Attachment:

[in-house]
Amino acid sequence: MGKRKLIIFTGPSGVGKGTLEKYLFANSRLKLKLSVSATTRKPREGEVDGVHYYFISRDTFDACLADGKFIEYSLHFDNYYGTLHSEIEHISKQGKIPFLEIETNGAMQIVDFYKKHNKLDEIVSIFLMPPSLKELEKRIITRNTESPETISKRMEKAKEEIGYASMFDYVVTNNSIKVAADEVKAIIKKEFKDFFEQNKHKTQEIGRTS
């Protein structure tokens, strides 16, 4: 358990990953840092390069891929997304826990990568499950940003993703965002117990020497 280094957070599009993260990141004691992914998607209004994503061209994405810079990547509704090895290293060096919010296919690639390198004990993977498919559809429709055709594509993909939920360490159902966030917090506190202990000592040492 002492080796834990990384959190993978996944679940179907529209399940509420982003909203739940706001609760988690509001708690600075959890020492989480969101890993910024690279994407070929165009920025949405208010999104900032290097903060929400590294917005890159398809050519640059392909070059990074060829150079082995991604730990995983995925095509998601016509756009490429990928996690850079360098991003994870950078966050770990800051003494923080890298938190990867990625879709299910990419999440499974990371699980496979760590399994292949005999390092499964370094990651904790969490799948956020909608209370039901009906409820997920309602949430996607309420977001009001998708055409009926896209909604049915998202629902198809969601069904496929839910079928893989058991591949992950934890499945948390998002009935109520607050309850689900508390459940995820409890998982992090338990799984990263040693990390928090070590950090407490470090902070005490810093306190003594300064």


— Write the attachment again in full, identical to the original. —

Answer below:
[in-house]
Amino acid sequence: MGKRKLIIFTGPSGVGKGTLEKYLFANSRLKLKLSVSATTRKPREGEVDGVHYYFISRDTFDACLADGKFIEYSLHFDNYYGTLHSEIEHISKQGKIPFLEIETNGAMQIVDFYKKHNKLDEIVSIFLMPPSLKELEKRIITRNTESPETISKRMEKAKEEIGYASMFDYVVTNNSIKVAADEVKAIIKKEFKDFFEQNKHKTQEIGRTS
């Protein structure tokens, strides 16, 4: 358990990953840092390069891929997304826990990568499950940003993703965002117990020497 280094957070599009993260990141004691992914998607209004994503061209994405810079990547509704090895290293060096919010296919690639390198004990993977498919559809429709055709594509993909939920360490159902966030917090506190202990000592040492 002492080796834990990384959190993978996944679940179907529209399940509420982003909203739940706001609760988690509001708690600075959890020492989480969101890993910024690279994407070929165009920025949405208010999104900032290097903060929400590294917005890159398809050519640059392909070059990074060829150079082995991604730990995983995925095509998601016509756009490429990928996690850079360098991003994870950078966050770990800051003494923080890298938190990867990625879709299910990419999440499974990371699980496979760590399994292949005999390092499964370094990651904790969490799948956020909608209370039901009906409820997920309602949430996607309420977001009001998708055409009926896209909604049915998202629902198809969601069904496929839910079928893989058991591949992950934890499945948390998002009935109520607050309850689900508390459940995820409890998982992090338990799984990263040693990390928090070590950090407490470090902070005490810093306190003594300064």